Should panhandling be criminalized in Ventura?

August 20, 2009


Take a walk down Main Street in Ventura and you’ll see signs like these pasted in window fronts, discouraging people from giving handouts to homeless people, and to panhandlers who congregate downtown.

The signs are encouraging, as well, because it sends a message to the homeless that real help doesn’t come from earning spare change, rather seeking it in social service programs, rehab centers and seasonal shelters.

Panhandling, according to experts in our city social services department, is just another way to get homeless people to stall and delay getting permanent help. More than likely, the few extra bucks many earn from panhandling go to feed drug and alcohol addictions. When the money runs out, the begging resumes, and the cycle never ends.

It’s all a matter of choice for us, though; window signs or no window signs, we can still choose to give handouts to the homeless if we wish. There’s something selfless to be said about the person who gives a quarter or two to a sidewalk beggar when that money could have gone to paying for (overpriced) parking meters.

But what if panhandling was a criminal offense?

The city council in Santa Barbara, a half hour north of here, supported a majority vote this week to further criminalize panhandling on their streets, where busking and begging are predominant.

The new ordinance makes panhandling at bus stops and near vehicles on public streets, a misdemeanor. A previous law on the books in Santa Barbara prohibited aggressive panhandling.

Should a similar law be in order for the City of Ventura? Would it prompt the homeless to get the help they need? How would they pay the fine? (In Santa Barbara, they charge $1,000. No homeless person can afford that price through panhandling alone.)

The city is already caught between a rock and a hard place on this one. Ventura is viewed by many as one of the only coastal towns truly sympathetic to the growing homeless problem; yet, it’s also criticized for taking too long to do anything about it. A law barring handouts could be the push the city needs to rid its streets of the problem. Or, it could only complicate things.

It’s both sides of the same coin, really.


5 Responses to “Should panhandling be criminalized in Ventura?”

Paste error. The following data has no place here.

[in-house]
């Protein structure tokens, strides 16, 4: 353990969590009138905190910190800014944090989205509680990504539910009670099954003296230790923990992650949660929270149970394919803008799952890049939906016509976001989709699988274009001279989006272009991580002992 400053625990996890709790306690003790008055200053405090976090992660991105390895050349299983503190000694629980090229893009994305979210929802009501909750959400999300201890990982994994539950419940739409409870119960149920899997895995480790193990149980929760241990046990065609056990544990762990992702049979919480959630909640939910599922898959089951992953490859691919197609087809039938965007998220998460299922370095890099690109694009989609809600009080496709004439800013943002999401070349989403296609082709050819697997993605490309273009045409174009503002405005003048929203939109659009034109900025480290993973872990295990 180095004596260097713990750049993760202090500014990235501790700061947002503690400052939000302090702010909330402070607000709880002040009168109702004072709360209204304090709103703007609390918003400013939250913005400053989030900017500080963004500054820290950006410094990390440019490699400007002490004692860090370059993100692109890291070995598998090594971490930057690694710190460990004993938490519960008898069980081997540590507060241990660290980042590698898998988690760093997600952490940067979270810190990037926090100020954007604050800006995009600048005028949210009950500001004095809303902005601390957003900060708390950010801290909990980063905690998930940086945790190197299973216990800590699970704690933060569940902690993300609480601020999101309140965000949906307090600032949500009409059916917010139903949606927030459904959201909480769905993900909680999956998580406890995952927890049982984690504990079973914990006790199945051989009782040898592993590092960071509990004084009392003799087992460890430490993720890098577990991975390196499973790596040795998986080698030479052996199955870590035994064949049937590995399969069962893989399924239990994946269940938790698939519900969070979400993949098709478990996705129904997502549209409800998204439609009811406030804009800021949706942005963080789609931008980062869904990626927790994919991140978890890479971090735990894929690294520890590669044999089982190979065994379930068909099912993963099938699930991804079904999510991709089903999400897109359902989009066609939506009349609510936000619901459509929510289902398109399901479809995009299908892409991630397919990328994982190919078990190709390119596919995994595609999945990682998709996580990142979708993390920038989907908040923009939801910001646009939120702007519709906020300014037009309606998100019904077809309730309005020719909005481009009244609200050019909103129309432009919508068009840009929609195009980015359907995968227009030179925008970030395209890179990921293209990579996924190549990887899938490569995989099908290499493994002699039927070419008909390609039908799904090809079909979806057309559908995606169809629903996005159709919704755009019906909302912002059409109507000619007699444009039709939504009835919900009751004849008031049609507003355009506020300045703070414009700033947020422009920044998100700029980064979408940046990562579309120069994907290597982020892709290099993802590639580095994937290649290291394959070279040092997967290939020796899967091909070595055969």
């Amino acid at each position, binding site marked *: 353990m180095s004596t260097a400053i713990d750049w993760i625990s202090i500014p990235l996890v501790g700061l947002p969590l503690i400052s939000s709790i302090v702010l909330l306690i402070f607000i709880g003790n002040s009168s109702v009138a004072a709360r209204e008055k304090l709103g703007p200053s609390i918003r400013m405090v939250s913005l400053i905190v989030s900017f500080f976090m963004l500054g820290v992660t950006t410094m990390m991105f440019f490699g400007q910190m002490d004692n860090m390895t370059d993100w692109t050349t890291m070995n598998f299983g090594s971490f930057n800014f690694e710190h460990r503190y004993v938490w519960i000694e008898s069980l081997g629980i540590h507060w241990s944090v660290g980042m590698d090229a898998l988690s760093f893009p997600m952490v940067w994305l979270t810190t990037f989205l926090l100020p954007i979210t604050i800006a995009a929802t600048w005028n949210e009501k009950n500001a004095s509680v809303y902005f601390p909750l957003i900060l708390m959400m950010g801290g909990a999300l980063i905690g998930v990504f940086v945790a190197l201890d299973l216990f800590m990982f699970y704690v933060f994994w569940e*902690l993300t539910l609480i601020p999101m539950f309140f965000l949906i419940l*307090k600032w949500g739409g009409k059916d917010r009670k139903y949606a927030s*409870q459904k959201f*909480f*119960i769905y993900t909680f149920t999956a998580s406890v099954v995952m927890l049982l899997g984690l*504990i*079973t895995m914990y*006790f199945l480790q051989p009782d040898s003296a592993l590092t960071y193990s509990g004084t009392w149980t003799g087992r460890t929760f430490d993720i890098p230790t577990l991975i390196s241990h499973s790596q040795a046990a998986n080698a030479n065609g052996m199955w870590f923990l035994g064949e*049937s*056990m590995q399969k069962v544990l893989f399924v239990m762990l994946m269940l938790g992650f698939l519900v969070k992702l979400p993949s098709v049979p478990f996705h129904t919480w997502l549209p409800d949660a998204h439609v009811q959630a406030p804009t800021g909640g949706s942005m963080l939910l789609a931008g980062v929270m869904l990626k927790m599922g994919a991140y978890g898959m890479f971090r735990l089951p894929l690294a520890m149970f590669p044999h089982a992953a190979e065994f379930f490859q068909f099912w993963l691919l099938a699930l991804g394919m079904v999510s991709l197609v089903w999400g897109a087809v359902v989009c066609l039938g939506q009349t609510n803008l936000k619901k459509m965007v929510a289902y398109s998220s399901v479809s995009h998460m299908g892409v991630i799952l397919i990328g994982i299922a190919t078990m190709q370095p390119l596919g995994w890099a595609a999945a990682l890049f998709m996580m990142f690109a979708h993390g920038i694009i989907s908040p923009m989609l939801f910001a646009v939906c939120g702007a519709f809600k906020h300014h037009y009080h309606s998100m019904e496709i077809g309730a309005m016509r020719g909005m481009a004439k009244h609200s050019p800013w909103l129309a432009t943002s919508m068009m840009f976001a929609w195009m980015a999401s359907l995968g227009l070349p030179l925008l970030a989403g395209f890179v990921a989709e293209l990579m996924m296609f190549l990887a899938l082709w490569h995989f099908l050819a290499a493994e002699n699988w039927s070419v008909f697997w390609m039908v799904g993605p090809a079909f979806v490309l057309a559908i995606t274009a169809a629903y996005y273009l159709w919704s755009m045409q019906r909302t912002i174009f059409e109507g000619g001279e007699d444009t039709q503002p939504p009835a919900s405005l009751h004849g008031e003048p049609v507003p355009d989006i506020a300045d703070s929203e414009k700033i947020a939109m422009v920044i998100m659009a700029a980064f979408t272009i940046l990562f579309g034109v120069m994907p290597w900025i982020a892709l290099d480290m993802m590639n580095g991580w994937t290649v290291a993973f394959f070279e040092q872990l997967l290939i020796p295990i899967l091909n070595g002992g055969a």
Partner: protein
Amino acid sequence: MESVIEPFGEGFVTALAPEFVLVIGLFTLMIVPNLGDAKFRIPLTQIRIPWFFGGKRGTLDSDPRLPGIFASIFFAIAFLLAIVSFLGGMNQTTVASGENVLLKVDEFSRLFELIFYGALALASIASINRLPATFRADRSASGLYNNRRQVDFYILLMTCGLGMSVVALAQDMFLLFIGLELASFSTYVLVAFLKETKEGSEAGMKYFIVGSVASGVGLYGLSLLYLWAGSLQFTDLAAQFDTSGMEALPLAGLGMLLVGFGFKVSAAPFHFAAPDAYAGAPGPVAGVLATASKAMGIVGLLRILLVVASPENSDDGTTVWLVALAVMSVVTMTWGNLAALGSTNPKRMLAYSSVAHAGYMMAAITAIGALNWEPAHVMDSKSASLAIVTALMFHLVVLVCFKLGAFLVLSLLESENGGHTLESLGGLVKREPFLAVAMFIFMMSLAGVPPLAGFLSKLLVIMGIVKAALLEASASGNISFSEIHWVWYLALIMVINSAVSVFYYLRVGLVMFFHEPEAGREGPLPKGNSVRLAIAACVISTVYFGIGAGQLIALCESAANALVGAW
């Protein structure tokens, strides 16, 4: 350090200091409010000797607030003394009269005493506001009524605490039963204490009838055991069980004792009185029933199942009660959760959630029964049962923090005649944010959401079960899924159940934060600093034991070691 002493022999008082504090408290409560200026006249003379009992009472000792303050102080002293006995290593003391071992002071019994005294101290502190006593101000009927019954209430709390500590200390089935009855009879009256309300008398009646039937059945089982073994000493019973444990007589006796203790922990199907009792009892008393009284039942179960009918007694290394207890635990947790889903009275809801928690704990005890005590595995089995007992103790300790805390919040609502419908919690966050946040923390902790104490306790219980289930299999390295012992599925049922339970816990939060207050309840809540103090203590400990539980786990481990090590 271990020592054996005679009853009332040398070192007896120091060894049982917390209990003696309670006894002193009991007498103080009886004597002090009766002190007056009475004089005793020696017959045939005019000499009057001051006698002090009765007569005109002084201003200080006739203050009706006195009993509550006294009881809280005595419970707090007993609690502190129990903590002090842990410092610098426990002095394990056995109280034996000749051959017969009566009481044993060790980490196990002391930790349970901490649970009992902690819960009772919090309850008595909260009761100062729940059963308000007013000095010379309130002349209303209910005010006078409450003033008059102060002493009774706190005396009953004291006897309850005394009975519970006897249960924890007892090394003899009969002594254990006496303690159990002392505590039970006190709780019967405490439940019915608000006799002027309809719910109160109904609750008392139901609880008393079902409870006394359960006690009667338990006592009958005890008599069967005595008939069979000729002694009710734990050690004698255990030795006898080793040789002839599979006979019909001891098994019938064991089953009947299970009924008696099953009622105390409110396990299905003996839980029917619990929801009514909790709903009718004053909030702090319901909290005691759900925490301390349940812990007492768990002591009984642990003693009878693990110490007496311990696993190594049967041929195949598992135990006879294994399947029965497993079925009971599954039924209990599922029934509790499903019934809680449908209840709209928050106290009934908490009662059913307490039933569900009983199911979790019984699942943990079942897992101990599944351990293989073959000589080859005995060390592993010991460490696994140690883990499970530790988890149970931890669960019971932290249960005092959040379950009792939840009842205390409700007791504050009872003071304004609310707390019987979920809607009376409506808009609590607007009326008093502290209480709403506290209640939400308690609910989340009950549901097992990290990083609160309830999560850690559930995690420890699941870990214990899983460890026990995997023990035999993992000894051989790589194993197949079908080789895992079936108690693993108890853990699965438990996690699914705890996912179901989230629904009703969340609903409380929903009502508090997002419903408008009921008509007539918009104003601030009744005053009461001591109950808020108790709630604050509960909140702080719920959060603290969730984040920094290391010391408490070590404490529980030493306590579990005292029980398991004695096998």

1. pdxurbanoutdoorsman Says:

    Instead of creating yet more laws the public at large needs to be educated about where that money will go in most cases. While I am living in Portland OR the issue seems to be universal. Check out this web page regarding what could be considered Dangerous Compassion.

  2. alchemicalmedia Says:

    Panhandling is a job. It takes a long time to make a small amount of money. An alternate form of employment could be mugging. I think I would much rather be asked for change than have someone demand it under a threat.

    see my double your money performance documentation for an experimental commentary on the topic.

  3. mister king Says:

    I think Panhandeling is only bad when it becomes verbally threatening like if a person calls you a bad name or bad word or says they’ll hurt you. As a fomer resident of the ventura county rescue mission i can tell you that the ventura county rescue mission had Rats. And the food was not as good as mcdonalds (my opinion)It seems to me like the people who want to charge homeless fines and jailtime for panhandeling are people who have never been homeless and poor. I think homeless people deserve every right to pandhandle. Some of these homeless people have fought wars for america, share what little they have amoungst their friends, and some are the coolest people i’ve ever met.

  4. pdxurbanoutdoorsman Says:

    So this leaves me with one question for alchemicalmedia and mister king.

    Do you mind that your money is being funnelled into the local drug trade where you live?

    • alchemicalmedia Says:


      Your question is strange. Do you mind that money is being funneled into the local drug trade where you live?
      If you are maybe you should work on closing down bars and liquor stores, or how about your local hardware stores where people buy solvents to get high… what about your local convience store that sells tobacco products?

      What does that have to do with panhandling exactly? I guess you are implying that panhandlers use their money to buy drugs?

      Maybe panhandlers do buy drugs maybe some do not…. not the point. The largest consumers of drugs are people with money. so it would seem that if you were concerned about money going to a local drug trade you might start with those that have more purchasing power than panhandlers… I’m pretty sure that a doctor lawyer teacher police officer etc with a drug habit is probably funneling a lot more money into the drug trade than a guy with cup on the corner making 20 bucks a day.

      yeah im concerned about this but criminalizing panhandling isn’t going to stop money from going into the drug trade. drug prevention and addiction counseling is a good way to deal with that… so maybe provide free addiction intervention services for panhandlers if your concerned about them spending money on drugs… I’m guessing though thats only going to be a miniscule portion of the drug trades profits friend. Maybe you should find out a way to stop CEOs from buying cocaine for their private parties if your really concerned.

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